Have you noticed the fuzz-blowing soft-animal-stuffing machines showing up in the cards and gifts section of the local mega-supermarket? It could be time to try something similar in your own shop by providing books and materials to host a creative happening.
|Jason Prince, vice president of sales for Sterling, confirmed the sock-monkey-and-beyond craze: “The Sock Doll Workshop,” another Lark title, has already sold out of its first printing.
How-to books on toys have projects that range in complexity from simple paper boxes requiring three folds to wind-powered whirligigs that need power tools and adult supervision.
Book retailers don’t always differentiate among make-it-yourself titles. Sally Oddie of Cover to Cover in Columbus, Ohio carries toy-making books with the rest of the activity books. However, at bookseller Borders, toy-making is a category within the larger crafts section. Good sellers for Borders, according to Beth Bingham, media relations representative in Ann Arbor, Michigan, include “Knitted Toys: 21 Easy-to-Knit Patterns for Irresistible Soft Toys” by Fiona McTague, in addition to wood-working books (e.g., “Making Heirloom Toys” by Jim Makowicki and “Making Toys That Teach” by Les Neufeld) that require some skill and dexterity.
The glue-and-scissors crowd can handle pretty much anything in artist Marilyn Scott-Waters’s self-published, “The Toymaker: Paper Toys That You Can Make Yourself.” However, one project, the Marble Mouse, gets its locomotion from a marble, of which most households usually have a spare or two. “And if the toy gets smooshed by a monster truck,” explained Scott-Waters, “well, that’s OK.” The book is available in a children’s bookstore and antique stores near Scott-Waters’s home, and on Amazon.com, as well as directly from Scott-Waters.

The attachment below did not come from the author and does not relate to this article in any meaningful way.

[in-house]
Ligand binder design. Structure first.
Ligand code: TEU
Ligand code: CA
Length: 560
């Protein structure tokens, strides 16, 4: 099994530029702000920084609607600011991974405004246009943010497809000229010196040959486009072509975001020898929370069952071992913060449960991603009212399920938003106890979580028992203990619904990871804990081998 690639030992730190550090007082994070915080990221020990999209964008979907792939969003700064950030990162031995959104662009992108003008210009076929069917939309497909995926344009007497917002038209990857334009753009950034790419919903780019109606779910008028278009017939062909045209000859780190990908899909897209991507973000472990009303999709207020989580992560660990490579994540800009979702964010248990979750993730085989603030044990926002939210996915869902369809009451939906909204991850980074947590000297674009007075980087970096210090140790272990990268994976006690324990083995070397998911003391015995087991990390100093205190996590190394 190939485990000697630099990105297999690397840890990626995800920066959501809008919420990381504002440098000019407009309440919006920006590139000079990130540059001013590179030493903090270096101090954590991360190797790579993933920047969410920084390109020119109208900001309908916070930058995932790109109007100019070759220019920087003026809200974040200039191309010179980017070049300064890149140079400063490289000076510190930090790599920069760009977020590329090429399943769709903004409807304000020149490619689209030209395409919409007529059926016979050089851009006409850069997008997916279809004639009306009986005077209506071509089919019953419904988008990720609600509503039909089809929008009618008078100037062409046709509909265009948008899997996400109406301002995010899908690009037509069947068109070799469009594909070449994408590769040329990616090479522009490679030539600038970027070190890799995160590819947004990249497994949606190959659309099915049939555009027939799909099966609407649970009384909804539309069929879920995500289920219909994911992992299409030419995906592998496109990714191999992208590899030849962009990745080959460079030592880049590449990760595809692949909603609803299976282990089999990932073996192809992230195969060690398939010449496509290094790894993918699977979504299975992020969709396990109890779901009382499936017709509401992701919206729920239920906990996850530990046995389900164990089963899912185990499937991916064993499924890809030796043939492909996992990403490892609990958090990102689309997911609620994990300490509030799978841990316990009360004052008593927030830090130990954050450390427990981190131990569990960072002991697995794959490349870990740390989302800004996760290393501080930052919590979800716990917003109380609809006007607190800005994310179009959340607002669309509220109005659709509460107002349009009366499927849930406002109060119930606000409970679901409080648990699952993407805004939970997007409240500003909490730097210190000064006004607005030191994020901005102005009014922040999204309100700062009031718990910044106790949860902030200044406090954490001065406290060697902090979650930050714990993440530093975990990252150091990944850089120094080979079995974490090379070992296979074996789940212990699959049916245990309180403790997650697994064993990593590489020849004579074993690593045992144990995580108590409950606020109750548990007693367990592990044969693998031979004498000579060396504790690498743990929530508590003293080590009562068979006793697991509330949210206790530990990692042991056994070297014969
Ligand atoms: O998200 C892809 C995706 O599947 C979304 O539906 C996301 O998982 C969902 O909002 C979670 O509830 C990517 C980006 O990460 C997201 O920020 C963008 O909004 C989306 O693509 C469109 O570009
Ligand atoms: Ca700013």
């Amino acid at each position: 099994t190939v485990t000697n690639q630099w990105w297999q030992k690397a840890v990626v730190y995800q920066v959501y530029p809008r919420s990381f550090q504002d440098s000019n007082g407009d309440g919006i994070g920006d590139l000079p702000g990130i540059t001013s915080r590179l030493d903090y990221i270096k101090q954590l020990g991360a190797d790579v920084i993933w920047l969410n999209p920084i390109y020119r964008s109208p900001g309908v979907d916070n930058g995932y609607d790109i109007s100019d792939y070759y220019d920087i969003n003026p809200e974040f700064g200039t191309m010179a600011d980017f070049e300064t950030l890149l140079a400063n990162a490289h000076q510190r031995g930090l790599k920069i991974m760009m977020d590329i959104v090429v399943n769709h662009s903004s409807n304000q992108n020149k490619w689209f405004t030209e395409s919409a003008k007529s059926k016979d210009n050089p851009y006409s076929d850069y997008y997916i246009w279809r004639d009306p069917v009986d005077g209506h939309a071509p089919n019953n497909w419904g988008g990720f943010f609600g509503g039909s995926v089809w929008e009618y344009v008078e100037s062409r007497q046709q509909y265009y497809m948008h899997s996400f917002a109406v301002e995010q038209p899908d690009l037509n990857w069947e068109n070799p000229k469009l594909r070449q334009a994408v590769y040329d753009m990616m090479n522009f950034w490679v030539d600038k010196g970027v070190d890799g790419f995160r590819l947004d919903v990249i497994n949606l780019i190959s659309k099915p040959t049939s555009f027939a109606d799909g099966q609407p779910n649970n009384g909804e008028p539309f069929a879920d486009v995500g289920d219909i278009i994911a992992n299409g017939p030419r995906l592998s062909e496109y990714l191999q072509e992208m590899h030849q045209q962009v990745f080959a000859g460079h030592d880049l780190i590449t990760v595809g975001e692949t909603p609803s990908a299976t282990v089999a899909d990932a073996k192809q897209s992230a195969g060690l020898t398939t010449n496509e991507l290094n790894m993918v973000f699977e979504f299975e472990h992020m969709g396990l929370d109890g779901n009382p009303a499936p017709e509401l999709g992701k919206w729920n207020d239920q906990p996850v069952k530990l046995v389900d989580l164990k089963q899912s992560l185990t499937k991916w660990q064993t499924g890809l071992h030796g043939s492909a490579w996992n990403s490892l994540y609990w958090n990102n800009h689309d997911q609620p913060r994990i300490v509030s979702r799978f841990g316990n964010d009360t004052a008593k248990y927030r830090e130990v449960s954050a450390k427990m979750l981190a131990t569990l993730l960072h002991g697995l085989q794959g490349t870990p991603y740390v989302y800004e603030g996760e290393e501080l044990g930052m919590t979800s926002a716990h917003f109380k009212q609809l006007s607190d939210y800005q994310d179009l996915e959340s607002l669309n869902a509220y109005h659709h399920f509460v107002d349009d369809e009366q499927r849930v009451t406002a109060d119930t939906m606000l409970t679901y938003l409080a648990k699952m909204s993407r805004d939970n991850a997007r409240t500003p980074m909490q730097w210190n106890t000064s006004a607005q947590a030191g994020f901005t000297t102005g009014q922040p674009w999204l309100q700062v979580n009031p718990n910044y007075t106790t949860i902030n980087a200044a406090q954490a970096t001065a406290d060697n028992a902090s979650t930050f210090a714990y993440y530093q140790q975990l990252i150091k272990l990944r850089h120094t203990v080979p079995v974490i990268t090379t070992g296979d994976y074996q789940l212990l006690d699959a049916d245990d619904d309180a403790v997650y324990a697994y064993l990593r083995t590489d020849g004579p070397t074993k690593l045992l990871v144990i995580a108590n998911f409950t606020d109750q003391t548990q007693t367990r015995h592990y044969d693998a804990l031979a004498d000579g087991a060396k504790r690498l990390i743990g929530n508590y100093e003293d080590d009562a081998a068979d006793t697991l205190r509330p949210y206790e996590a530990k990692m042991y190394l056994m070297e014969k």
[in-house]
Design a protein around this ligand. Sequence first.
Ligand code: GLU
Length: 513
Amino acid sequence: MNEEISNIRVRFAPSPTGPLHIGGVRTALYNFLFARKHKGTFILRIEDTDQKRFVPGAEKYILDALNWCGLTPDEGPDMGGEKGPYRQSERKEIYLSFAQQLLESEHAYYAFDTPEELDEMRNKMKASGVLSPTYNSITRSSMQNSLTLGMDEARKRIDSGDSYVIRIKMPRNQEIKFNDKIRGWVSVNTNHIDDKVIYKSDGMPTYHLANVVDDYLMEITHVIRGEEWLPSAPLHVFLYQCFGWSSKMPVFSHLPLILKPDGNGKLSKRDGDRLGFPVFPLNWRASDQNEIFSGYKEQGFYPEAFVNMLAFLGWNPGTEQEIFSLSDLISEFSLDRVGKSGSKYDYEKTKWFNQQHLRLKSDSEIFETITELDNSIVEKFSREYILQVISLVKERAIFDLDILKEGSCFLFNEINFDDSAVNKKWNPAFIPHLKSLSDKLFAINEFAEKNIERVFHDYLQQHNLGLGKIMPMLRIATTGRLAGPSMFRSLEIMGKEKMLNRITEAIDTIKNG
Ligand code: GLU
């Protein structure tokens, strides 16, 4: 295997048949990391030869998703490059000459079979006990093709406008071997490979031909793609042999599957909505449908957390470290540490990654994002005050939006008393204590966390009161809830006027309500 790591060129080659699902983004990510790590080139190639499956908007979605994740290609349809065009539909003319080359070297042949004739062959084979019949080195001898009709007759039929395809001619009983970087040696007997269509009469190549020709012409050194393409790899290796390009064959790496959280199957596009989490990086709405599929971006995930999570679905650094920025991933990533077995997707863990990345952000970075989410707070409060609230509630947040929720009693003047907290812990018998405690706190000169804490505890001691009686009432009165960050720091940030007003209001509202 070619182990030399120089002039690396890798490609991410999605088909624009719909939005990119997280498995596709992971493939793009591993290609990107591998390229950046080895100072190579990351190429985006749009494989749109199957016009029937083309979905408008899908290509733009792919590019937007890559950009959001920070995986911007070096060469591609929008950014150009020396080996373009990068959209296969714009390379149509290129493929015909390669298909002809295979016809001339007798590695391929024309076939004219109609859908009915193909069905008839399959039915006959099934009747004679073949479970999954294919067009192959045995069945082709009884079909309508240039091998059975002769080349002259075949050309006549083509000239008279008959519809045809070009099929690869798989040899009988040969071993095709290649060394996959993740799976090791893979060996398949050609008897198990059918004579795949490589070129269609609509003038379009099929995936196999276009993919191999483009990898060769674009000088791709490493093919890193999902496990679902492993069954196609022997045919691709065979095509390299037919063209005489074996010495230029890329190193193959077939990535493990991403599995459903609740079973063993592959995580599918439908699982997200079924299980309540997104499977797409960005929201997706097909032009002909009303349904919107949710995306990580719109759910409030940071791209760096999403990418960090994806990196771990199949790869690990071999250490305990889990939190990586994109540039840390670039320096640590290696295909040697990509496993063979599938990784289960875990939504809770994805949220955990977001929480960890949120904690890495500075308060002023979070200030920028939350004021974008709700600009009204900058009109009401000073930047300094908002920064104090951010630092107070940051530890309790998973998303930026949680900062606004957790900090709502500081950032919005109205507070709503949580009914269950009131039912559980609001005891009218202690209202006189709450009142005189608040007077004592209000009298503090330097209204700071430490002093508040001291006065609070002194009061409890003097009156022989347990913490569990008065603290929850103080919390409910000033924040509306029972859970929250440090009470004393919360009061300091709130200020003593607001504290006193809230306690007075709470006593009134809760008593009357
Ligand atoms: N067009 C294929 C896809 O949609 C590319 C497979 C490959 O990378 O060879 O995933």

Puppets are a natural, both as cherished toys and as projects. North Light Books, an imprint of F+W Publishers, provides a little help from author and former Jim Henson muppeteer John Kennedy in “Puppet Planet,” according to Greg Hatfield of F+W. Some of Kennedy’s designs are definitely Muppet-esque, with big mouths and limber arms and legs. Socks and plastic bottles are on the materials list.
Meanwhile, the humble sock monkey, once the gift of grandmas, has become an urban icon appealing to design-conscious people in their 20s, according to Leigh Ann Abrosia, director of marketing and publicity for Sterling Publishing Co. Popularity among young adults could indicate a trend for kids. And kids can make more than monkeys with “Stupid Sock Creatures” from Sterling’s Lark imprint, creating a zoo of imaginary monstrosities.
Jason Prince, vice president of sales for Sterling, confirmed the sock-monkey-and-beyond craze: “The Sock Doll Workshop,” another Lark title, has already sold out of its first printing. Prince said that Sterling publishes great complementary books — books that enhance gift and toy company stock. Toy store owners don’t have to become booksellers; instead, they can be very selective, carry only a few titles that relate to their specialties, and sell a lot of books, according to Prince.
Both F+W and Sterling carry Harry Potter-inspired craft books — “Wizard Crafts: 23 Spellbinding Toys, Gifts, Costumes and Party Decorations” from F+W and “The Book of Wizard Craft” from Sterling’s Lark. One of these titles would display nicely next to wizards, dragons and other fantasy stuff.
Tried-and-true book publisher (and Sterling competitor) Dover Books specializes in the basics and the classics. “Easy-to-Make Old-Fashioned Toys” and “Easy-to-Make Whirligigs” are two moderately priced titles that could enhance or even spark a theme for the retailer.
The following books can be used to spruce up sales:
Norman Schmidt, a prolific author of several books on flying things made of paper, combines history and how-to for 19 different designs. The designs are on grids for ease in reproduction. Full-color photographs give kite-makers some idea of how the project should look at the end.